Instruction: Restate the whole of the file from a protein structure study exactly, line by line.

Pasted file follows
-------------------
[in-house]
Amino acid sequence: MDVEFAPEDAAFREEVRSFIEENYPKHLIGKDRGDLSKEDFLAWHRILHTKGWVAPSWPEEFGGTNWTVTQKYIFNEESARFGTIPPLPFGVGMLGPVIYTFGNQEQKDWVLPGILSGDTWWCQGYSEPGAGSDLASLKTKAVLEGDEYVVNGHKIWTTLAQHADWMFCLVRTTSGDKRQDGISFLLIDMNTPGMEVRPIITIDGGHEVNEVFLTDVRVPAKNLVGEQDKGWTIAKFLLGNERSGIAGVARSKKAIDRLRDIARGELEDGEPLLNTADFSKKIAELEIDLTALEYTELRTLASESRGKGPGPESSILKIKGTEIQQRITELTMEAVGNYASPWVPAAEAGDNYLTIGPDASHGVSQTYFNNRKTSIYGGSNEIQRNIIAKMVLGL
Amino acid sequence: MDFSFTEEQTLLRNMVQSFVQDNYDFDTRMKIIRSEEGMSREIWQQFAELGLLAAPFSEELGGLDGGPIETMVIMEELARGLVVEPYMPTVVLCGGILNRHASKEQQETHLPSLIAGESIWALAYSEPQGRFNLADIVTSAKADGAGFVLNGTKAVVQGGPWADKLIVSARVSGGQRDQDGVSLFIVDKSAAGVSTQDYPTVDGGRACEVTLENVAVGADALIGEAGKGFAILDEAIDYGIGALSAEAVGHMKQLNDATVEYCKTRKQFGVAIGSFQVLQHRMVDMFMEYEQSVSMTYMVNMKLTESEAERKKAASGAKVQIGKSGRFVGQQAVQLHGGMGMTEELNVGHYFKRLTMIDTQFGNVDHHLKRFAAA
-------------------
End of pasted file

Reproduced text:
[in-house]
Amino acid sequence: MDVEFAPEDAAFREEVRSFIEENYPKHLIGKDRGDLSKEDFLAWHRILHTKGWVAPSWPEEFGGTNWTVTQKYIFNEESARFGTIPPLPFGVGMLGPVIYTFGNQEQKDWVLPGILSGDTWWCQGYSEPGAGSDLASLKTKAVLEGDEYVVNGHKIWTTLAQHADWMFCLVRTTSGDKRQDGISFLLIDMNTPGMEVRPIITIDGGHEVNEVFLTDVRVPAKNLVGEQDKGWTIAKFLLGNERSGIAGVARSKKAIDRLRDIARGELEDGEPLLNTADFSKKIAELEIDLTALEYTELRTLASESRGKGPGPESSILKIKGTEIQQRITELTMEAVGNYASPWVPAAEAGDNYLTIGPDASHGVSQTYFNNRKTSIYGGSNEIQRNIIAKMVLGL
Amino acid sequence: MDFSFTEEQTLLRNMVQSFVQDNYDFDTRMKIIRSEEGMSREIWQQFAELGLLAAPFSEELGGLDGGPIETMVIMEELARGLVVEPYMPTVVLCGGILNRHASKEQQETHLPSLIAGESIWALAYSEPQGRFNLADIVTSAKADGAGFVLNGTKAVVQGGPWADKLIVSARVSGGQRDQDGVSLFIVDKSAAGVSTQDYPTVDGGRACEVTLENVAVGADALIGEAGKGFAILDEAIDYGIGALSAEAVGHMKQLNDATVEYCKTRKQFGVAIGSFQVLQHRMVDMFMEYEQSVSMTYMVNMKLTESEAERKKAASGAKVQIGKSGRFVGQQAVQLHGGMGMTEELNVGHYFKRLTMIDTQFGNVDHHLKRFAAA